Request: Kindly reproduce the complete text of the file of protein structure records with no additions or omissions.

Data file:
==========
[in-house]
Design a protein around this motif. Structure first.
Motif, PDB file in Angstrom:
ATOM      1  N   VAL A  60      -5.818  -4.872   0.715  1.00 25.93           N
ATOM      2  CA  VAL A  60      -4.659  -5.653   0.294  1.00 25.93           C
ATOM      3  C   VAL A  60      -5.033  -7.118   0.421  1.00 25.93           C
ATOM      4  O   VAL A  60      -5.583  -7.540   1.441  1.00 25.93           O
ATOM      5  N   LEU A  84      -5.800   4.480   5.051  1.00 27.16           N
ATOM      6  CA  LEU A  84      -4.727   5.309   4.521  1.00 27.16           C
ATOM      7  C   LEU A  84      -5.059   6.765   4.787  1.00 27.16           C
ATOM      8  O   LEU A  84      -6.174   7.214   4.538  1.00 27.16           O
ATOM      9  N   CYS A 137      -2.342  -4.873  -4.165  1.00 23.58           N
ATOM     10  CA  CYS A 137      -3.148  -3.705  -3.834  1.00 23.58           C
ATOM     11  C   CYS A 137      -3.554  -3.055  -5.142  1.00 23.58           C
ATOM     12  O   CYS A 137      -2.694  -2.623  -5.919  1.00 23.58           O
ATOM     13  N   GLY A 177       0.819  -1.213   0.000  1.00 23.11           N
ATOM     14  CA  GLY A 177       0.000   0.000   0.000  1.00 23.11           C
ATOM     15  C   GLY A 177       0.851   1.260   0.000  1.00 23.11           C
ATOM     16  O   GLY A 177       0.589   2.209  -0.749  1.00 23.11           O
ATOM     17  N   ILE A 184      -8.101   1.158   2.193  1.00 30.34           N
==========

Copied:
[in-house]
Design a protein around this motif. Structure first.
Motif, PDB file in Angstrom:
ATOM      1  N   VAL A  60      -5.818  -4.872   0.715  1.00 25.93           N
ATOM      2  CA  VAL A  60      -4.659  -5.653   0.294  1.00 25.93           C
ATOM      3  C   VAL A  60      -5.033  -7.118   0.421  1.00 25.93           C
ATOM      4  O   VAL A  60      -5.583  -7.540   1.441  1.00 25.93           O
ATOM      5  N   LEU A  84      -5.800   4.480   5.051  1.00 27.16           N
ATOM      6  CA  LEU A  84      -4.727   5.309   4.521  1.00 27.16           C
ATOM      7  C   LEU A  84      -5.059   6.765   4.787  1.00 27.16           C
ATOM      8  O   LEU A  84      -6.174   7.214   4.538  1.00 27.16           O
ATOM      9  N   CYS A 137      -2.342  -4.873  -4.165  1.00 23.58           N
ATOM     10  CA  CYS A 137      -3.148  -3.705  -3.834  1.00 23.58           C
ATOM     11  C   CYS A 137      -3.554  -3.055  -5.142  1.00 23.58           C
ATOM     12  O   CYS A 137      -2.694  -2.623  -5.919  1.00 23.58           O
ATOM     13  N   GLY A 177       0.819  -1.213   0.000  1.00 23.11           N
ATOM     14  CA  GLY A 177       0.000   0.000   0.000  1.00 23.11           C
ATOM     15  C   GLY A 177       0.851   1.260   0.000  1.00 23.11           C
ATOM     16  O   GLY A 177       0.589   2.209  -0.749  1.00 23.11           O
ATOM     17  N   ILE A 184      -8.101   1.158   2.193  1.00 30.34           N